Friday night into Saturday morning will be one of the special dates spread throughout the year when skywatchers can catch a meteor shower as a multitude of flares that may erupt into the darkness.
Meteor showers occur when our planet encounters the debris field left behind by icy comets or rocky asteroids orbiting the sun. These tiny particles burn up in the atmosphere, leading to blazing trails of light. The regularity of orbital mechanics means that a particular meteor shower occurs at about the same time each year.
The latest storm is the Southern Delta Aquariids, sometimes also spelled Southern Delta Aquarids. They have been active since July 18 and will go through August 21, but they will peak from July 29 to 30, or from Friday evening to early Saturday morning.
This squall is one of the best for viewers in the southern tropics, but will also be visible low in the sky to those in the northern hemisphere.
The moon will be a skinny crescent just past new at peak. Streaks from the shower should be noticeable a week before or after the peak evening. The Southern Delta Aquariids are predicted to produce between 15 and 20 meteors per hour under dark skies, and are best seen around 3 a.m.
And more meteor showers are coming. Visit The Times’ list of major showers expected in 2022, or sync our curated collection of major space and astronomy events to your personal digital calendar.
How to see a shower
It is best to go to the countryside and stay as far away from artificial light sources as possible. People in rural areas may have the luxury of just getting outside. But city dwellers also have options.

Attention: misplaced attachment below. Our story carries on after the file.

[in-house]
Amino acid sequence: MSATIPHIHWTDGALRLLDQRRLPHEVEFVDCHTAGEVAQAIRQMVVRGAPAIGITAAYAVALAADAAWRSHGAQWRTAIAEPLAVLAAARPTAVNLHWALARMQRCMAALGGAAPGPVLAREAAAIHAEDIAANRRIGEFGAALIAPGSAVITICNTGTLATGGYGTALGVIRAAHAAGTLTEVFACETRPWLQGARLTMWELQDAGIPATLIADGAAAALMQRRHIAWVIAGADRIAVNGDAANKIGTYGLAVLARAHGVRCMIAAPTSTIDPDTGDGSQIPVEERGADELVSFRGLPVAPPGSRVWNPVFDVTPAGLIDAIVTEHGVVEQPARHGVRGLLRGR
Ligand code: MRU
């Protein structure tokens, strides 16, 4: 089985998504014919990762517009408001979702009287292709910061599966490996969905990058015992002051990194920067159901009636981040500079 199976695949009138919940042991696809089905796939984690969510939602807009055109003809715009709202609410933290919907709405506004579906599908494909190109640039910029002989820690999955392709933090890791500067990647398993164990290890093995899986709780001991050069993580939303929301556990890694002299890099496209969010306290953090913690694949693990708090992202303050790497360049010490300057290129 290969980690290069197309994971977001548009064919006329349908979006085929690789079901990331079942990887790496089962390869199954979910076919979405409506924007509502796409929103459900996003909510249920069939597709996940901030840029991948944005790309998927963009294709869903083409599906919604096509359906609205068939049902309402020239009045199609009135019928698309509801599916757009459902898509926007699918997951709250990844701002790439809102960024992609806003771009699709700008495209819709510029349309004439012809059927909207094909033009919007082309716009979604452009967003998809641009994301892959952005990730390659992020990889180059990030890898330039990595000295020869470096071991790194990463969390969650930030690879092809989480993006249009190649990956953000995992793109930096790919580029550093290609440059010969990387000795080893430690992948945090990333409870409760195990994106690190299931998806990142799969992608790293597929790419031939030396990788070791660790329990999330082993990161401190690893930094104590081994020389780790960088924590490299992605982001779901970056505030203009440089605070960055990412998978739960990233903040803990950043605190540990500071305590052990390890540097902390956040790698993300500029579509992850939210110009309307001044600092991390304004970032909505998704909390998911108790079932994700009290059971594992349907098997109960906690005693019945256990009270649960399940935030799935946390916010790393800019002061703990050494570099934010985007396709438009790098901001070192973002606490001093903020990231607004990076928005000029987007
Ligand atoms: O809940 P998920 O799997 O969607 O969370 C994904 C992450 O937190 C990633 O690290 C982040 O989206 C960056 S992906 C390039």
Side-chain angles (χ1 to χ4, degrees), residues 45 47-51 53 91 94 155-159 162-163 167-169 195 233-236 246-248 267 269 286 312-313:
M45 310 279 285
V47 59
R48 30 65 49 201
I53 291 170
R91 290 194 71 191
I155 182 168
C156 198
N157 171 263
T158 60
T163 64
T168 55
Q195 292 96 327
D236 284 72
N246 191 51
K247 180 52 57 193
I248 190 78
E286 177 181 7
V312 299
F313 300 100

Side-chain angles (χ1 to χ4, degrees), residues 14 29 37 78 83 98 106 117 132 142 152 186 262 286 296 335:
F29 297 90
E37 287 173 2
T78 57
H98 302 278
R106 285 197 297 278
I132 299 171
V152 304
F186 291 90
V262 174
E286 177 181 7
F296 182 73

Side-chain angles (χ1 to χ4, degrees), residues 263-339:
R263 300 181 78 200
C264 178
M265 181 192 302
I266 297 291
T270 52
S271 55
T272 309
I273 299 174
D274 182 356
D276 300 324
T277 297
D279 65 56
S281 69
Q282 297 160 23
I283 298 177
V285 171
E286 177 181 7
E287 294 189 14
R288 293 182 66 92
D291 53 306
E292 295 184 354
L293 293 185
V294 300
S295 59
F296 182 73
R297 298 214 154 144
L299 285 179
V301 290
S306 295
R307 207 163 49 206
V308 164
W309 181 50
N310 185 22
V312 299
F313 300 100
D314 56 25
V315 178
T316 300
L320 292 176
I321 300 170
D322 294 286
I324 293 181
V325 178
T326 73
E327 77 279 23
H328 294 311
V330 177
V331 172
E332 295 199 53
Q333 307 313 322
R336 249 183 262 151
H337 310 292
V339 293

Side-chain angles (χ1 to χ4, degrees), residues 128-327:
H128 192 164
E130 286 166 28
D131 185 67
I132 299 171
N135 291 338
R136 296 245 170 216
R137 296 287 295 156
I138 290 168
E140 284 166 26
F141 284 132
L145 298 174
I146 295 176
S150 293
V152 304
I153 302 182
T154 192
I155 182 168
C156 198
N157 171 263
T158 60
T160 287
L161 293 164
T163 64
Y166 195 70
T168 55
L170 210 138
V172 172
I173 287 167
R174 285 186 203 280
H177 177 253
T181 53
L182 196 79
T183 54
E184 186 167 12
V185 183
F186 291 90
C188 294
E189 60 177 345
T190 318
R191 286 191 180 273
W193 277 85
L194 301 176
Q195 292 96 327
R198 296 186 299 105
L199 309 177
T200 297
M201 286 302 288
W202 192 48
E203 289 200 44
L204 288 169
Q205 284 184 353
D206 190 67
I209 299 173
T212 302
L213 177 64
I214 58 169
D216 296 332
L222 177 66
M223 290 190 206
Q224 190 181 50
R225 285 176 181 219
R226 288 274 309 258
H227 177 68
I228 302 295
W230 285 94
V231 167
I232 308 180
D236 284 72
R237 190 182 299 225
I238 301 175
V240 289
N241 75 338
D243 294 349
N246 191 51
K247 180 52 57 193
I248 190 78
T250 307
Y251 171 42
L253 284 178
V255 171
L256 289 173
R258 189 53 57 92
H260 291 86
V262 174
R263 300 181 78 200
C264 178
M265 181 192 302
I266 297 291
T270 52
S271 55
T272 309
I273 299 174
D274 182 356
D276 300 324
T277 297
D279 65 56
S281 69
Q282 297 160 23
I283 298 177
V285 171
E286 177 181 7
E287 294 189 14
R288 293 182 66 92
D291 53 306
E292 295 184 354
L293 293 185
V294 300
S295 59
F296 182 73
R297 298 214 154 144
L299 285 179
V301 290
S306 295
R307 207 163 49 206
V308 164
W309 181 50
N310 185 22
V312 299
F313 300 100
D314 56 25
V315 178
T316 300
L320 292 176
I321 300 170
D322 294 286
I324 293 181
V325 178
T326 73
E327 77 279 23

Many cities have an astronomical society that maintains a special area of dark sky. “I would suggest contacting them and finding out where they are,” said Robert Lunsford, the secretary general of the International Meteor Organization.
Meteor showers are usually best seen when the sky is darkest, after midnight but before sunrise. To see as many meteors as possible, wait 30 to 45 minutes after arriving at your viewing location. This allows your eyes to adapt to the dark. Then sit back and enjoy much of the night sky. Clear nights, higher elevations, and times when the moon is slim or absent are best. Mr Lunsford suggested a good rule of thumb: “The more stars you can see, the more meteors you can see.”
Binoculars or telescopes are not necessary for meteor showers and even limit your view.